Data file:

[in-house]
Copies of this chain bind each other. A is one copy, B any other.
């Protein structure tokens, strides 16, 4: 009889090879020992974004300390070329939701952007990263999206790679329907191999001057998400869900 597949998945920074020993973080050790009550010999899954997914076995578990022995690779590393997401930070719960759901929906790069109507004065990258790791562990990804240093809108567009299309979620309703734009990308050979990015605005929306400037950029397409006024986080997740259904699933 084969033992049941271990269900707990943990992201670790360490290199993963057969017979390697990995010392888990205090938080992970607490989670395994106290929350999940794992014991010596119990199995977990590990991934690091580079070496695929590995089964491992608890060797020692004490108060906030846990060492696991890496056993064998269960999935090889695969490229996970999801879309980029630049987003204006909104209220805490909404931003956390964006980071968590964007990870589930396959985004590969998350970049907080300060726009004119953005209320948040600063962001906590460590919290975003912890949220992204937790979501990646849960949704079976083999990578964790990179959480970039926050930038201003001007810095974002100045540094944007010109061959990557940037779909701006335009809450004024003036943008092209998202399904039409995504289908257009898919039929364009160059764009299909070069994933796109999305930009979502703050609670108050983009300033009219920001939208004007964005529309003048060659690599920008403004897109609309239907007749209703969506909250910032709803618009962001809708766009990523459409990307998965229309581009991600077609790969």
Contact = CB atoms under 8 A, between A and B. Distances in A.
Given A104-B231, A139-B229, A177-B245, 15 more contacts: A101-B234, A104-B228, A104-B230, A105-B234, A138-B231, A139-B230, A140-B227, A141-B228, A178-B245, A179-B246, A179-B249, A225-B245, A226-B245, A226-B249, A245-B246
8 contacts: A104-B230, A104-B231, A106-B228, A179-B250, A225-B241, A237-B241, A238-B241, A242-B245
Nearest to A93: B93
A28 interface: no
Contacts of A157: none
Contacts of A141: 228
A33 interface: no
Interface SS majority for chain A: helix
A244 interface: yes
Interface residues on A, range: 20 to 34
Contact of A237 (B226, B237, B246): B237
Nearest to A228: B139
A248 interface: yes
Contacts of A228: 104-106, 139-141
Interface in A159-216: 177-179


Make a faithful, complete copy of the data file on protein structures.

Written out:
[in-house]
Copies of this chain bind each other. A is one copy, B any other.
């Protein structure tokens, strides 16, 4: 009889090879020992974004300390070329939701952007990263999206790679329907191999001057998400869900 597949998945920074020993973080050790009550010999899954997914076995578990022995690779590393997401930070719960759901929906790069109507004065990258790791562990990804240093809108567009299309979620309703734009990308050979990015605005929306400037950029397409006024986080997740259904699933 084969033992049941271990269900707990943990992201670790360490290199993963057969017979390697990995010392888990205090938080992970607490989670395994106290929350999940794992014991010596119990199995977990590990991934690091580079070496695929590995089964491992608890060797020692004490108060906030846990060492696991890496056993064998269960999935090889695969490229996970999801879309980029630049987003204006909104209220805490909404931003956390964006980071968590964007990870589930396959985004590969998350970049907080300060726009004119953005209320948040600063962001906590460590919290975003912890949220992204937790979501990646849960949704079976083999990578964790990179959480970039926050930038201003001007810095974002100045540094944007010109061959990557940037779909701006335009809450004024003036943008092209998202399904039409995504289908257009898919039929364009160059764009299909070069994933796109999305930009979502703050609670108050983009300033009219920001939208004007964005529309003048060659690599920008403004897109609309239907007749209703969506909250910032709803618009962001809708766009990523459409990307998965229309581009991600077609790969």
Contact = CB atoms under 8 A, between A and B. Distances in A.
Given A104-B231, A139-B229, A177-B245, 15 more contacts: A101-B234, A104-B228, A104-B230, A105-B234, A138-B231, A139-B230, A140-B227, A141-B228, A178-B245, A179-B246, A179-B249, A225-B245, A226-B245, A226-B249, A245-B246
8 contacts: A104-B230, A104-B231, A106-B228, A179-B250, A225-B241, A237-B241, A238-B241, A242-B245
Nearest to A93: B93
A28 interface: no
Contacts of A157: none
Contacts of A141: 228
A33 interface: no
Interface SS majority for chain A: helix
A244 interface: yes
Interface residues on A, range: 20 to 34
Contact of A237 (B226, B237, B246): B237
Nearest to A228: B139
A248 interface: yes
Contacts of A228: 104-106, 139-141
Interface in A159-216: 177-179